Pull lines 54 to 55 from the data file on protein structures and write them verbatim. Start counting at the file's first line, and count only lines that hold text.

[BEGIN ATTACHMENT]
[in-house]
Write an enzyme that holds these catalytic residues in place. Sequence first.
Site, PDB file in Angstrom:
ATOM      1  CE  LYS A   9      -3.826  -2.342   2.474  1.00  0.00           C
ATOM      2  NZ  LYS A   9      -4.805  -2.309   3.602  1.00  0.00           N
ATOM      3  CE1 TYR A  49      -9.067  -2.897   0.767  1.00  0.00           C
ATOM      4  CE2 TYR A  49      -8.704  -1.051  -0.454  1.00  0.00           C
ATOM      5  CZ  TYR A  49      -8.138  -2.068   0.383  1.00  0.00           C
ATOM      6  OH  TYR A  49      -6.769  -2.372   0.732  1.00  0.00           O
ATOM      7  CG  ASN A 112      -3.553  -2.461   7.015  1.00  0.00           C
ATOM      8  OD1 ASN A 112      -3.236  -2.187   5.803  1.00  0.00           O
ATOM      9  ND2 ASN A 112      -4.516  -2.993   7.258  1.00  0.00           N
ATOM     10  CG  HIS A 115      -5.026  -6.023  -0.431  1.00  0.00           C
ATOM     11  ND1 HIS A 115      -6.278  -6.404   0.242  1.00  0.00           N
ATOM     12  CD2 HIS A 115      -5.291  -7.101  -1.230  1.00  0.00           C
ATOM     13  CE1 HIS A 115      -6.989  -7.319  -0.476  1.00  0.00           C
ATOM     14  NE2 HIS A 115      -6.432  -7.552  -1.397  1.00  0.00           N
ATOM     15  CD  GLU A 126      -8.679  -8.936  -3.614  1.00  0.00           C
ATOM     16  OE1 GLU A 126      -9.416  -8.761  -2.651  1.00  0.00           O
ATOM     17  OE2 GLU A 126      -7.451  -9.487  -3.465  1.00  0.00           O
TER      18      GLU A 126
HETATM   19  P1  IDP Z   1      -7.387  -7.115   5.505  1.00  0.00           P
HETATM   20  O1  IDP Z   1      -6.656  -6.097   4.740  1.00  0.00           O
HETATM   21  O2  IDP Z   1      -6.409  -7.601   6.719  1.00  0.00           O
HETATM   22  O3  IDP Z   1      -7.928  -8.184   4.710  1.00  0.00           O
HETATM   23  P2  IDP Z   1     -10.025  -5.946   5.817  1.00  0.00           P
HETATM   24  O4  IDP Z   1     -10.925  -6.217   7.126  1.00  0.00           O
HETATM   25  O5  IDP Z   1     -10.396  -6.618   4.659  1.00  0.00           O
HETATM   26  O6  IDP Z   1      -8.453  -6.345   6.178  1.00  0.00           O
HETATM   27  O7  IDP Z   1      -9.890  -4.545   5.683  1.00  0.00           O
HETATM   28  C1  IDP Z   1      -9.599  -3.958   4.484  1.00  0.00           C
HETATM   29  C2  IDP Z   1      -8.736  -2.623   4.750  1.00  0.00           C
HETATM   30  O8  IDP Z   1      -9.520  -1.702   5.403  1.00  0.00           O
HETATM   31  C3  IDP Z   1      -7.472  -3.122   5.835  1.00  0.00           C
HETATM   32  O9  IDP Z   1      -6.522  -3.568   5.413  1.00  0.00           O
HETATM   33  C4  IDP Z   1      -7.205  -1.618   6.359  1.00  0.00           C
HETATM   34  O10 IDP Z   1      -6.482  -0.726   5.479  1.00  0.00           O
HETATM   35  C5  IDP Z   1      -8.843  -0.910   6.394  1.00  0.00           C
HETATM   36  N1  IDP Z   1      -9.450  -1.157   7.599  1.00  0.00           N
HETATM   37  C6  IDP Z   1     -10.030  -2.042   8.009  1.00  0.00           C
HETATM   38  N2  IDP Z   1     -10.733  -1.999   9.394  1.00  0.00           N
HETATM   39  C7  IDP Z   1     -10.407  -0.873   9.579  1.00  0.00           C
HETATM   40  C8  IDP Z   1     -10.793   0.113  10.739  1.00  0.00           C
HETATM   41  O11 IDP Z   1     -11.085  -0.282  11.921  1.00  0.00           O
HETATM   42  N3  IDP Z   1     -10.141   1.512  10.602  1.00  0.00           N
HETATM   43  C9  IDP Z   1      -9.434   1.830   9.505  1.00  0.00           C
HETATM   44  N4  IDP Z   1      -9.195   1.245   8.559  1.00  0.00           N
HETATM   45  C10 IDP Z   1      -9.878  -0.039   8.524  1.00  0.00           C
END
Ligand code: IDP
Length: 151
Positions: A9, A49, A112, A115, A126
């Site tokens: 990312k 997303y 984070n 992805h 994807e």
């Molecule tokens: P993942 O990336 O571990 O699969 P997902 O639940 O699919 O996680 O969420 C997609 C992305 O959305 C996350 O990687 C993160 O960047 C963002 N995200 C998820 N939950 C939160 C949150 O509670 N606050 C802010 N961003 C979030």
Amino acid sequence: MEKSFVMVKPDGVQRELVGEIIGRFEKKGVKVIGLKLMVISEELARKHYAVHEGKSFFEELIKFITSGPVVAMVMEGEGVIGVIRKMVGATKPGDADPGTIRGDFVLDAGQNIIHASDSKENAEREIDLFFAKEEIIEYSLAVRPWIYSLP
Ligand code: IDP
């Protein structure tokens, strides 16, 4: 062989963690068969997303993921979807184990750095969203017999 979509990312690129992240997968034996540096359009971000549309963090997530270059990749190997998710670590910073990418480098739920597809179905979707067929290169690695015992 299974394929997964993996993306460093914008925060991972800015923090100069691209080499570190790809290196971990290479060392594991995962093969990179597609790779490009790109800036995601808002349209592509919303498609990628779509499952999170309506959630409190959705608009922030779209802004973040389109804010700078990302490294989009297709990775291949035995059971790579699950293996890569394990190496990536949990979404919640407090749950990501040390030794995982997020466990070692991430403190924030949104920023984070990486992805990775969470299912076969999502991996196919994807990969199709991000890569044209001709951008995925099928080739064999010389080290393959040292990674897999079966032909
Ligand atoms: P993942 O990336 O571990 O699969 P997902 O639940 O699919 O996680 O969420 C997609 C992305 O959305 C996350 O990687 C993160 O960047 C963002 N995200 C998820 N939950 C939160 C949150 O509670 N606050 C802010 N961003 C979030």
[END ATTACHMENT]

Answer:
């Molecule tokens: P993942 O990336 O571990 O699969 P997902 O639940 O699919 O996680 O969420 C997609 C992305 O959305 C996350 O990687 C993160 O960047 C963002 N995200 C998820 N939950 C939160 C949150 O509670 N606050 C802010 N961003 C979030």
Amino acid sequence: MEKSFVMVKPDGVQRELVGEIIGRFEKKGVKVIGLKLMVISEELARKHYAVHEGKSFFEELIKFITSGPVVAMVMEGEGVIGVIRKMVGATKPGDADPGTIRGDFVLDAGQNIIHASDSKENAEREIDLFFAKEEIIEYSLAVRPWIYSLP